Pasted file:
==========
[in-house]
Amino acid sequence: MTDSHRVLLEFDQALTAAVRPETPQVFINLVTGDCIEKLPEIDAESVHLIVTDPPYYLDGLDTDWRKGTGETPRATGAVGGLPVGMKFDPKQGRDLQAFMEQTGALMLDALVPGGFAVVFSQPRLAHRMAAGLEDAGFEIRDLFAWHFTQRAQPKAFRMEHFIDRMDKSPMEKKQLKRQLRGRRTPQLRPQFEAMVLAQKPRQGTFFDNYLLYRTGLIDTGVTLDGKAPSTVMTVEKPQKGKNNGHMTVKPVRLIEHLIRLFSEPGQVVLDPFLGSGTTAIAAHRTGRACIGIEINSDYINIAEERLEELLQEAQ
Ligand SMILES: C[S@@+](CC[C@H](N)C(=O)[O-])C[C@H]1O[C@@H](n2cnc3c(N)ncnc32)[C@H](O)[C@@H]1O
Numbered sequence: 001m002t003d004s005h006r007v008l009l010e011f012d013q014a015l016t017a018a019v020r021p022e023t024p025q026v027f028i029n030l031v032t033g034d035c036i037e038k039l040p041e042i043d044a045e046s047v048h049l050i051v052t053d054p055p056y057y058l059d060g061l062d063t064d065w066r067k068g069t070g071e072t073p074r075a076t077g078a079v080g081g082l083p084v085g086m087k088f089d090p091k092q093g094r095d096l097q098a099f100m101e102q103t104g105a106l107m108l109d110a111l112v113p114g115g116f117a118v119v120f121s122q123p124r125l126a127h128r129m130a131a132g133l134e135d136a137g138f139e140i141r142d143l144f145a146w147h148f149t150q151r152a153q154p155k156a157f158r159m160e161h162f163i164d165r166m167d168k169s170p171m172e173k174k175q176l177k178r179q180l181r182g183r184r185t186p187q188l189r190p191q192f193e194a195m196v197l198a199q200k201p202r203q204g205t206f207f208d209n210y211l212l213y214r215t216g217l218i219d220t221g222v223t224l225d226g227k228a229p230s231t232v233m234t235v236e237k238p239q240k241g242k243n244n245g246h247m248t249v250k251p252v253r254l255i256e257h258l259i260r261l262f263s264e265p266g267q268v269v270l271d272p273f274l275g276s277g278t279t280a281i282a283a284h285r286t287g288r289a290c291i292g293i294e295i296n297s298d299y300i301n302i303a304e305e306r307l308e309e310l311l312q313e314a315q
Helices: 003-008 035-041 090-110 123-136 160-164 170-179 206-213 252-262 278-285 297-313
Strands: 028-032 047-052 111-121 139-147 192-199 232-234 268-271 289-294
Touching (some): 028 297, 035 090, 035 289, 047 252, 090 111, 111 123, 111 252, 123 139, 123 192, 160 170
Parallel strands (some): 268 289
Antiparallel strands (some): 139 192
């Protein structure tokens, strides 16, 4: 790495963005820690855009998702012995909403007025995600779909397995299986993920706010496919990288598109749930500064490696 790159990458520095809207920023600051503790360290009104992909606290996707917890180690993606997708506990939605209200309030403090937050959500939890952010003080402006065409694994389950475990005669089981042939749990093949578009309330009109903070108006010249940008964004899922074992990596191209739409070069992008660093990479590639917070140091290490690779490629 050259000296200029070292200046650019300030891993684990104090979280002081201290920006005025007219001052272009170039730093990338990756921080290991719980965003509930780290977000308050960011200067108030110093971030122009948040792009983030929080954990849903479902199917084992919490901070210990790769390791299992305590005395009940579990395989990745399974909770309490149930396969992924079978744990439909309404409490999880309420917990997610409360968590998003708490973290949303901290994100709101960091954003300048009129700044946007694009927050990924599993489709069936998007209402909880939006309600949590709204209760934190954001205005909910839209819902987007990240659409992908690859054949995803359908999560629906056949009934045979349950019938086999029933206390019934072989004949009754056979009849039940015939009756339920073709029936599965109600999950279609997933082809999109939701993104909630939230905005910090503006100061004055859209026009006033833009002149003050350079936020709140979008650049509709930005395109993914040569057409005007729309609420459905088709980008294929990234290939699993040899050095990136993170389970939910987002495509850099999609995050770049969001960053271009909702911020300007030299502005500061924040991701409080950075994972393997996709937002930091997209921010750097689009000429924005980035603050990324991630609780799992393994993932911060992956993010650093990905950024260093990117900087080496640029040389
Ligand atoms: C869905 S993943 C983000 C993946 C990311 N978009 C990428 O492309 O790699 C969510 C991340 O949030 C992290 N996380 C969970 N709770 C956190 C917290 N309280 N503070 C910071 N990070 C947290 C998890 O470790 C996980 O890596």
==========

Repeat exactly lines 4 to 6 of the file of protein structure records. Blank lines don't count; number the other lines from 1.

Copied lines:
Numbered sequence: 001m002t003d004s005h006r007v008l009l010e011f012d013q014a015l016t017a018a019v020r021p022e023t024p025q026v027f028i029n030l031v032t033g034d035c036i037e038k039l040p041e042i043d044a045e046s047v048h049l050i051v052t053d054p055p056y057y058l059d060g061l062d063t064d065w066r067k068g069t070g071e072t073p074r075a076t077g078a079v080g081g082l083p084v085g086m087k088f089d090p091k092q093g094r095d096l097q098a099f100m101e102q103t104g105a106l107m108l109d110a111l112v113p114g115g116f117a118v119v120f121s122q123p124r125l126a127h128r129m130a131a132g133l134e135d136a137g138f139e140i141r142d143l144f145a146w147h148f149t150q151r152a153q154p155k156a157f158r159m160e161h162f163i164d165r166m167d168k169s170p171m172e173k174k175q176l177k178r179q180l181r182g183r184r185t186p187q188l189r190p191q192f193e194a195m196v197l198a199q200k201p202r203q204g205t206f207f208d209n210y211l212l213y214r215t216g217l218i219d220t221g222v223t224l225d226g227k228a229p230s231t232v233m234t235v236e237k238p239q240k241g242k243n244n245g246h247m248t249v250k251p252v253r254l255i256e257h258l259i260r261l262f263s264e265p266g267q268v269v270l271d272p273f274l275g276s277g278t279t280a281i282a283a284h285r286t287g288r289a290c291i292g293i294e295i296n297s298d299y300i301n302i303a304e305e306r307l308e309e310l311l312q313e314a315q
Helices: 003-008 035-041 090-110 123-136 160-164 170-179 206-213 252-262 278-285 297-313
Strands: 028-032 047-052 111-121 139-147 192-199 232-234 268-271 289-294